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The NES Game That Takes The Shortest Time To Beat

Games from the first few console generations were rarely long, in large part because of the limited storage available on cartridges at the time. To compensate for these restrictions, many game designers for the Nintendo Entertainment System and its ilk were inspired by the short, but incredibly difficult, arcade titles of the 1980s and 1990s. Arcade games challenged players to get their quarters, but early console games were intentionally difficult because players had to get their money's worth out of a 1 MB cartridge — that's so small a single modern image file wouldn't fit onto it. 

But not all games are like "Contra" and "Battletoads," and not all games compensated for their restrictive storage and programming tools with inflated difficulty. Some were incredibly short experiences, and a lot of the time, these short NES games were unimpressive in other ways too. Some NES games can take a long time to beat, but there are more that take less than an hour to finish — and some can take mere minutes if players know what they're doing.

One reigns supreme as the shortest NES game of all time: "Where's Waldo?" This game was actually one of the first from then-fledgling studio Bethesda Softworks, which of course went on to make the "Fallout" and "Elder Scrolls" series later down the line. "Where's Waldo?" plays just like the books of the same name by Martin Handford, but it was heavily criticized for a number of reasons. Nevertheless, if a player knows what they're doing, it takes less than 10 minutes to complete "Where's Waldo" for the NES.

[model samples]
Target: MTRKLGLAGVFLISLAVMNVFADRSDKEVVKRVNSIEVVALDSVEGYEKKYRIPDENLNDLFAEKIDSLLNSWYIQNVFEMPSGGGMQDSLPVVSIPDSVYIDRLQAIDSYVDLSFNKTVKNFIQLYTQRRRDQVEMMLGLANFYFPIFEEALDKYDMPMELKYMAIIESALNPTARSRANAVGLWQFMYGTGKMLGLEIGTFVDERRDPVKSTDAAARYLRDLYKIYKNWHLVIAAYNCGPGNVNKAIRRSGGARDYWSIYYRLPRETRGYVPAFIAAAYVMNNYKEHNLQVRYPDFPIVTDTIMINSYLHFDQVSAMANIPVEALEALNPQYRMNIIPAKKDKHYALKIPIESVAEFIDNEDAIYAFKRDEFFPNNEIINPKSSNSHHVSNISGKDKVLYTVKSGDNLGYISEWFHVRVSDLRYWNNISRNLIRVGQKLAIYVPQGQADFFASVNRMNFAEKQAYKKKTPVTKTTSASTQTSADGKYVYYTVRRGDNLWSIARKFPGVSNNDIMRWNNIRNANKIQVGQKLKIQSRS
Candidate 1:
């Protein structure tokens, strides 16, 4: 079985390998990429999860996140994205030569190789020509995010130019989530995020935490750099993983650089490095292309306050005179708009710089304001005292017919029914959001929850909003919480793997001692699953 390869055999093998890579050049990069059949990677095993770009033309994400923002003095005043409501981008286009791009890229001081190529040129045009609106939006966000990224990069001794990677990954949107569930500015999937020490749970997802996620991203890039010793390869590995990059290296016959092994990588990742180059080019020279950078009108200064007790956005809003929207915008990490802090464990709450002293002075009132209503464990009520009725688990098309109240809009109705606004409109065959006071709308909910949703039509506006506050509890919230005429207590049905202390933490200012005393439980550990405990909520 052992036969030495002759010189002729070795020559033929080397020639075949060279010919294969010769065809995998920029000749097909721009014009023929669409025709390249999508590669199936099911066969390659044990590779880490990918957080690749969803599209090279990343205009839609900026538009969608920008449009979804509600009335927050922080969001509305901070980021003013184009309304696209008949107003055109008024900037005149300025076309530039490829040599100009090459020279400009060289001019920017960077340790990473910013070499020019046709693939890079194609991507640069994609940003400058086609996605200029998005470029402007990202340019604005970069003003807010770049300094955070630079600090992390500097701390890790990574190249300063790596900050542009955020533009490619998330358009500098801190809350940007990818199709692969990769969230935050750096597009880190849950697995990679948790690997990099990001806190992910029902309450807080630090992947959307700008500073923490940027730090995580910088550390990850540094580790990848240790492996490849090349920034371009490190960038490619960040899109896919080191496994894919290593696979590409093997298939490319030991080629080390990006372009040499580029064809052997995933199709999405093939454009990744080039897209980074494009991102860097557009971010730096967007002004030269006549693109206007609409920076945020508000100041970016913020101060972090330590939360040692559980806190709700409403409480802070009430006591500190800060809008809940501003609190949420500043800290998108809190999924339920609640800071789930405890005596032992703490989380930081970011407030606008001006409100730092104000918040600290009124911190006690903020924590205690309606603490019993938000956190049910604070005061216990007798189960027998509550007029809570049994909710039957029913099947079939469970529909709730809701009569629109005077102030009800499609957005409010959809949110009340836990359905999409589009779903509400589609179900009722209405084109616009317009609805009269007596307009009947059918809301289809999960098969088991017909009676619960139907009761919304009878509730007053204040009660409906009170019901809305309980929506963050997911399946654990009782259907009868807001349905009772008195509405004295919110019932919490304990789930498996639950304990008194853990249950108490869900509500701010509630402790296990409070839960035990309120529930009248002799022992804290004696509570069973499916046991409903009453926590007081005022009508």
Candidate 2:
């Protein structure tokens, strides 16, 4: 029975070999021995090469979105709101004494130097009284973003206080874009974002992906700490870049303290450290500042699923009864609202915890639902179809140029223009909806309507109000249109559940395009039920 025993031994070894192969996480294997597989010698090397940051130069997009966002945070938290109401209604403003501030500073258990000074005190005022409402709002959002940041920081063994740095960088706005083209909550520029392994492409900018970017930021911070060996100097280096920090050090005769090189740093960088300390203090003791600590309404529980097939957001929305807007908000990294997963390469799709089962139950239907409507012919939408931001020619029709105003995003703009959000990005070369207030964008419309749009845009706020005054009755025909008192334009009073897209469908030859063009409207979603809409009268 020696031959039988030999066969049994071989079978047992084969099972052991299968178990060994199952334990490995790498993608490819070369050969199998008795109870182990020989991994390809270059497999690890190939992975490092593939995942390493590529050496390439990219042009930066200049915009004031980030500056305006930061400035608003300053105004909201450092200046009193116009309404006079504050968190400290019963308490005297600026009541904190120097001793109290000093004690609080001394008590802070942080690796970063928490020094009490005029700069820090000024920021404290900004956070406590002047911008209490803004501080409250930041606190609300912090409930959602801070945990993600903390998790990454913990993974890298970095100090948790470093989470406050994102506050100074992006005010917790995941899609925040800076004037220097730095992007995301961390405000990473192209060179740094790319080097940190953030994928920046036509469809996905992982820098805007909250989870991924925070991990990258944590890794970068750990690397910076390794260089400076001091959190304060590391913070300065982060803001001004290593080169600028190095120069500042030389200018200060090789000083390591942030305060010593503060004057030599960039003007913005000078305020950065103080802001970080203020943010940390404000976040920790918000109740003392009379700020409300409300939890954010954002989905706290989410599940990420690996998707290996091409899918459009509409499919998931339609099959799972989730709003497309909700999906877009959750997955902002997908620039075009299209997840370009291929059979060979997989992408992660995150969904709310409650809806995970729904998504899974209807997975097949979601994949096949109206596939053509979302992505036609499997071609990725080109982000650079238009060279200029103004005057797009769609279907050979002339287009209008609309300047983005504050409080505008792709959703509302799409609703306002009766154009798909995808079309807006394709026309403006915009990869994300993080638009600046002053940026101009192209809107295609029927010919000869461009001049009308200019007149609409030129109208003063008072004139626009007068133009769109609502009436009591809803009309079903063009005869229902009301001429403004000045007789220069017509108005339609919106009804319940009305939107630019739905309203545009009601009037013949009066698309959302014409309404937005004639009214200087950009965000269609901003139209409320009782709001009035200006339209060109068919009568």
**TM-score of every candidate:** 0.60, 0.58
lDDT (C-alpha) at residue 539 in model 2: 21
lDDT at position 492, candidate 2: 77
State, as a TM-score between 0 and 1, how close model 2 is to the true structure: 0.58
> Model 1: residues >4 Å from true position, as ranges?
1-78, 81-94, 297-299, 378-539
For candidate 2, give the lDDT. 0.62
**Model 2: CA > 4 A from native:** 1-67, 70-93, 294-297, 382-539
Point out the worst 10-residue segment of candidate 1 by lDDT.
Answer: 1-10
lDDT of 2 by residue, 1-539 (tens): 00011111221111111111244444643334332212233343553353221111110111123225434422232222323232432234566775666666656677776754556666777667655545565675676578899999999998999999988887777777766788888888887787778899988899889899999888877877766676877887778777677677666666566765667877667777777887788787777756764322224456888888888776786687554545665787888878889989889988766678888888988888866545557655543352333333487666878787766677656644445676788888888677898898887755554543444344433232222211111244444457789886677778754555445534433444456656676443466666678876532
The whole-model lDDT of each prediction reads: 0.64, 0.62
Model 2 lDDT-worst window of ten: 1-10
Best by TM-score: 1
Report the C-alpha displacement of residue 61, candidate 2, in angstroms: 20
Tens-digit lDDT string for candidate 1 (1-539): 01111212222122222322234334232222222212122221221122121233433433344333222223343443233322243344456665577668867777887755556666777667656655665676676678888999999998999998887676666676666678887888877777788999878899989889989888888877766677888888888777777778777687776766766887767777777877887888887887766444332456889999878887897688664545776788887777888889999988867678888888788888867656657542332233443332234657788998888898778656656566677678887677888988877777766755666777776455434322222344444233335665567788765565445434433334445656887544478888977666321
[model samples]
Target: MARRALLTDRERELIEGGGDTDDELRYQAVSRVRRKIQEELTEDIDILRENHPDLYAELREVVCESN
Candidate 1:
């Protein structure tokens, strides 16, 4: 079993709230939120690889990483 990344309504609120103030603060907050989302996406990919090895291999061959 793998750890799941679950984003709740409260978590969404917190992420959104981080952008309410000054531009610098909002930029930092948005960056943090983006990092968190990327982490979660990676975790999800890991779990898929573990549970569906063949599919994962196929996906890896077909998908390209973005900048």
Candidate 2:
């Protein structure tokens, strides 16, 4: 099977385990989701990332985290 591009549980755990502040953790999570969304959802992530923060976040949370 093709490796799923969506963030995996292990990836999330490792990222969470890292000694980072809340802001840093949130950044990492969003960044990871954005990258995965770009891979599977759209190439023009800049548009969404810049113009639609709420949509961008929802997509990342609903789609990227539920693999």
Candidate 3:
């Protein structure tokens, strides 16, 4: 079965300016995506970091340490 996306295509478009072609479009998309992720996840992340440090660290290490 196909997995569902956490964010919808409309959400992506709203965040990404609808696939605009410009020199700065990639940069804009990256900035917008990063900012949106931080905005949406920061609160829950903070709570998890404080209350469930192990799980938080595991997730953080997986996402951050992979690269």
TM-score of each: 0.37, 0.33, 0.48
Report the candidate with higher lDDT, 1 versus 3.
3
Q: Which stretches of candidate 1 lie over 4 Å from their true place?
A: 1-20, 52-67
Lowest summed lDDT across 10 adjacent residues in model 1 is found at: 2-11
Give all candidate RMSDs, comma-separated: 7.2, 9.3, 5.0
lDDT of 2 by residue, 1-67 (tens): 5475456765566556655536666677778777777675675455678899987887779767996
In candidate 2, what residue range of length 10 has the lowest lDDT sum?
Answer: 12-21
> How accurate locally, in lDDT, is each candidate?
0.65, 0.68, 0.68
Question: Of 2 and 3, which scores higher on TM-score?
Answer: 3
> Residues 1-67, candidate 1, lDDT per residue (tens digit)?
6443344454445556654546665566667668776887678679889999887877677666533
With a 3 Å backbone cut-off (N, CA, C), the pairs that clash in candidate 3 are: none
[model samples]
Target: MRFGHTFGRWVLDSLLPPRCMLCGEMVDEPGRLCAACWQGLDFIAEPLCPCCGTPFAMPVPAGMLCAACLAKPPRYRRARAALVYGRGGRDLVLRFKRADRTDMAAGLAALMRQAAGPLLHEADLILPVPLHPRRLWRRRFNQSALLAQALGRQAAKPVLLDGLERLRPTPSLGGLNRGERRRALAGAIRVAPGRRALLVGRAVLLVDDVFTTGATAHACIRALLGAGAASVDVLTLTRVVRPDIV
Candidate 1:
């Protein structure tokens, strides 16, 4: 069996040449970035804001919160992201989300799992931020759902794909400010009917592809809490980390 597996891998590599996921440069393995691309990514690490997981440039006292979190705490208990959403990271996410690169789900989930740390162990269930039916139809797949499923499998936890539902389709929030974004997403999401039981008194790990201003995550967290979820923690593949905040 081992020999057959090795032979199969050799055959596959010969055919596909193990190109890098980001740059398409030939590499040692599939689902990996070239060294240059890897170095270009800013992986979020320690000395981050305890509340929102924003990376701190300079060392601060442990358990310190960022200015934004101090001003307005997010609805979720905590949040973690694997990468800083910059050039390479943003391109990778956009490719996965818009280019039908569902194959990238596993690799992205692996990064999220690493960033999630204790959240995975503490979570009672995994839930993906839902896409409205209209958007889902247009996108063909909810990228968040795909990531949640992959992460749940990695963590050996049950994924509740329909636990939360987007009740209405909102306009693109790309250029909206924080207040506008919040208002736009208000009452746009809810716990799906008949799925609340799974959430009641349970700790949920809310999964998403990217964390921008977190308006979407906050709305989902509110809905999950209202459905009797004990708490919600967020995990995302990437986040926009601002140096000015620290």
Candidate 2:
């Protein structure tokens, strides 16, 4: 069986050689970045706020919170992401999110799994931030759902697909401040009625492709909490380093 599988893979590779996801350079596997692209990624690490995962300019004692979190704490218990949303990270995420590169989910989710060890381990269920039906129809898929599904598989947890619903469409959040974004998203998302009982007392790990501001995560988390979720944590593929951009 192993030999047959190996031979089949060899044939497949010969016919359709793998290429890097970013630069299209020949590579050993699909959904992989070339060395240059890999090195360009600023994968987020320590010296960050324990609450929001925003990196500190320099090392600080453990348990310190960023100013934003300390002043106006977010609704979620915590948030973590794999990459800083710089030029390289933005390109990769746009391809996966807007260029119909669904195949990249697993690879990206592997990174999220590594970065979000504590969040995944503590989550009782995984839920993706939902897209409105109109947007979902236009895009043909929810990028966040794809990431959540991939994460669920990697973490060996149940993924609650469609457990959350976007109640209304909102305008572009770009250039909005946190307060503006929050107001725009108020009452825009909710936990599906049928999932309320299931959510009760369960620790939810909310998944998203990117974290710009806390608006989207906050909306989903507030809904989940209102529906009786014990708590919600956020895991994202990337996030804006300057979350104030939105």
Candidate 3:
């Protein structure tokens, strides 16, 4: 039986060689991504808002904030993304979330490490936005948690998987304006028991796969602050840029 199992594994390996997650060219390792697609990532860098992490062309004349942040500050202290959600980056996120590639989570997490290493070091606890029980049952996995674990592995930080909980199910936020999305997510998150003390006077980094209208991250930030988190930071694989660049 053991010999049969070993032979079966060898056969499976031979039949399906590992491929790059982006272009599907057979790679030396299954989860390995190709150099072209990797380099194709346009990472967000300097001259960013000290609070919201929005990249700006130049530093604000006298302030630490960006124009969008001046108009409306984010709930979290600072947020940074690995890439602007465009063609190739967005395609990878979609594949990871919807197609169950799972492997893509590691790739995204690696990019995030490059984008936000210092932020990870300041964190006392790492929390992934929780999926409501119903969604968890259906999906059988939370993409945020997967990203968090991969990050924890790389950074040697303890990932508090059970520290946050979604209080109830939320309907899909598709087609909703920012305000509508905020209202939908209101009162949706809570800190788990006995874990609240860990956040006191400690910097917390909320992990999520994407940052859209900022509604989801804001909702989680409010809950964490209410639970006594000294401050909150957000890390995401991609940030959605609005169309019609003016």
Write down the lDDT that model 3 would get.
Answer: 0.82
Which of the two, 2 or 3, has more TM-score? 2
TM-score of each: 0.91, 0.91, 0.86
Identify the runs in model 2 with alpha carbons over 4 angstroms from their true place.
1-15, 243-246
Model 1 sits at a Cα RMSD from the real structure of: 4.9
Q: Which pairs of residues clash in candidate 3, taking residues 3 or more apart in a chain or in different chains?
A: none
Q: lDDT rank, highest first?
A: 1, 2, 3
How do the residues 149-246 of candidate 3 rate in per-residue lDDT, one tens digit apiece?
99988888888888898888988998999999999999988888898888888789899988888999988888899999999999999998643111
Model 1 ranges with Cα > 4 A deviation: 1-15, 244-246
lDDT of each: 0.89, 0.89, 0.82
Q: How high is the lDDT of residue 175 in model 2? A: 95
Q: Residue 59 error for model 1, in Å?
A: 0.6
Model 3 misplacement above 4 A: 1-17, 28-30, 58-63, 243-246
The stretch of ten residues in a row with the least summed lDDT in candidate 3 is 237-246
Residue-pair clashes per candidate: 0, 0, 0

Where's Waldo can be fully completed in a few minutes

There's nothing really quite like curling up with "Where's Waldo?" on a rainy day, but what is one supposed to do once he (and his friends) have been found on every page? The Nintendo Entertainment System version of the classic book put a spin on the concept. Instead of Waldo's location being exactly the same every time, as it is on paper, the settings would be randomized every time the game loaded up. The problem is, "Where's Waldo" is notoriously easy for the sharp-eyed, and the bitmap pixelated graphics didn't make it much harder.

There are eight levels in "Where's Waldo?" for the NES, but not all of them are even puzzle levels. In fact, three out of the eight stages don't involve finding him at all. Instead, players just walk to the exit in a cave, go through a maze, and play a matching game at the end. The remaining five levels are more akin to the classic "Where's Waldo?" formula, but adapted for computerized visuals. These graphics were abysmal, even panned by more contemporary critics, and the simplicity made it easy to find the titular character in each setting. 

There are three difficulties, which have larger play areas, and at the hardest difficulty, the screen can pan. But even on hard mode, Waldo is not difficult to find, and most can expect to beat the game in under 10 minutes — just don't expect it to be one of the best puzzle games.